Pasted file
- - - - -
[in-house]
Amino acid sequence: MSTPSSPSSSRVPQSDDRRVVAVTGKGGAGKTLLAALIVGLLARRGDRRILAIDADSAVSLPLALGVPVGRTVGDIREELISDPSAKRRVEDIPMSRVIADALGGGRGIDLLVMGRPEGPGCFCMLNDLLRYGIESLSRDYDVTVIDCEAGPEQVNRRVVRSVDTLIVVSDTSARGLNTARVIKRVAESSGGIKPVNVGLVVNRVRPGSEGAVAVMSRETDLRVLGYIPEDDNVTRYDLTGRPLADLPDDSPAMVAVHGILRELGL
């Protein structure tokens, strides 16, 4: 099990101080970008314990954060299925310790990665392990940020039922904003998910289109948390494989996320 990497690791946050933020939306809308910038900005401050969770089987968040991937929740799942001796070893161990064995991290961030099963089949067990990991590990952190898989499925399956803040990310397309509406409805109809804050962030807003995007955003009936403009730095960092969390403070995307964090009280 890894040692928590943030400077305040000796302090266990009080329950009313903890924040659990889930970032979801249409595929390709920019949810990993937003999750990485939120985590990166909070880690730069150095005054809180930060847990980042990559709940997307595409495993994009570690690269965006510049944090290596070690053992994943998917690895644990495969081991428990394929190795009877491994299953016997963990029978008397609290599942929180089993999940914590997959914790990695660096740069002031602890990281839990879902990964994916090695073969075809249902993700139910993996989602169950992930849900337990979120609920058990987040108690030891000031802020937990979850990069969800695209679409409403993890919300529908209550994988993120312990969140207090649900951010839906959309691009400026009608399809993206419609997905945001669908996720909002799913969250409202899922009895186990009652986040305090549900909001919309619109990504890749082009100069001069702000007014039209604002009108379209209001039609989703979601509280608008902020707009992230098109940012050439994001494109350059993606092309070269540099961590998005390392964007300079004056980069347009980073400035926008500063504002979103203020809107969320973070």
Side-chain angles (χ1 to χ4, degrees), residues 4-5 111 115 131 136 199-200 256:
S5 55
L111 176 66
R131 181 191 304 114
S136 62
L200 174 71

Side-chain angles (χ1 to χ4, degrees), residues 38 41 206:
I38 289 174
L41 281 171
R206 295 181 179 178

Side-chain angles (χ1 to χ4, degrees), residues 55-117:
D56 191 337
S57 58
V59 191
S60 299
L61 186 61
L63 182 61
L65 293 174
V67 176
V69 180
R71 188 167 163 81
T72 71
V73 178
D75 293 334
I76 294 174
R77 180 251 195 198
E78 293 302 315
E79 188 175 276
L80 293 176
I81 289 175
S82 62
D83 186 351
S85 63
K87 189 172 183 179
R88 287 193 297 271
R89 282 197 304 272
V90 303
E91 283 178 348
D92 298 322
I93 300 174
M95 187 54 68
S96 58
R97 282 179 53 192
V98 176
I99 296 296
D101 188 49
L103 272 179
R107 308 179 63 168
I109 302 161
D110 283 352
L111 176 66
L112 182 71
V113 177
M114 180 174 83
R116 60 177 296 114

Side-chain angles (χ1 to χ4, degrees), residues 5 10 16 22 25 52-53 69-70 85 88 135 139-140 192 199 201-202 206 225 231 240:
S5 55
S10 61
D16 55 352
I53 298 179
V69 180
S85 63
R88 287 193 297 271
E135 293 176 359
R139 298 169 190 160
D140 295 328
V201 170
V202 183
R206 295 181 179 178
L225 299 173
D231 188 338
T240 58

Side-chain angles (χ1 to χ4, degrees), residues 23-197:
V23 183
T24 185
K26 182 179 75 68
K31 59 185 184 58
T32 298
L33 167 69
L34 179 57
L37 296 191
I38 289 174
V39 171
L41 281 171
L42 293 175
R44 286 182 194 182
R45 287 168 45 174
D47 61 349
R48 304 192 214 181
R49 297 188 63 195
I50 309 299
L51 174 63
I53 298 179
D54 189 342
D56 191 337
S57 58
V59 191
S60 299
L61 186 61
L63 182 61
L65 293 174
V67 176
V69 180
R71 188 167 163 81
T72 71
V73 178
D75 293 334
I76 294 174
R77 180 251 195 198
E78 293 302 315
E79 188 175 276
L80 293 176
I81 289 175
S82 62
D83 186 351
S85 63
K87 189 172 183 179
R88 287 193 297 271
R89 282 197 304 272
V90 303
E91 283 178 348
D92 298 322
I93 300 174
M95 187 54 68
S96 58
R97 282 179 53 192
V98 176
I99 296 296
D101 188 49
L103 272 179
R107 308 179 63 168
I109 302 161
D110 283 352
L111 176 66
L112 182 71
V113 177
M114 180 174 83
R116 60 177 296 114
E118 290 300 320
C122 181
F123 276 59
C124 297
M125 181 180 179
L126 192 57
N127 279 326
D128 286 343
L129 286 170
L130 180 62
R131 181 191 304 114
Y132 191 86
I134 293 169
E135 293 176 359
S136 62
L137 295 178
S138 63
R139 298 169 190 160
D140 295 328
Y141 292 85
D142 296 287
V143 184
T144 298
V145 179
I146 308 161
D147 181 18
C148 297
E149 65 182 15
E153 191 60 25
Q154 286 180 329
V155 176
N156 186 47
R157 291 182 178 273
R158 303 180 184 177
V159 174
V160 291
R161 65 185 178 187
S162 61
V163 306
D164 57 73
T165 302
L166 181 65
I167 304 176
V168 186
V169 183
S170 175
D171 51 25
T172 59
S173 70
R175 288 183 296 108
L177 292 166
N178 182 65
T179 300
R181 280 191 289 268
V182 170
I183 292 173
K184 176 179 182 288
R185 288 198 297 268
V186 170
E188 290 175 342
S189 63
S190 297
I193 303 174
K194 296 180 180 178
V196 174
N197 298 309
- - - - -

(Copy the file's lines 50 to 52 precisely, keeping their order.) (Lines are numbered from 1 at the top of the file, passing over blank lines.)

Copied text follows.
L103 272 179
R107 308 179 63 168
I109 302 161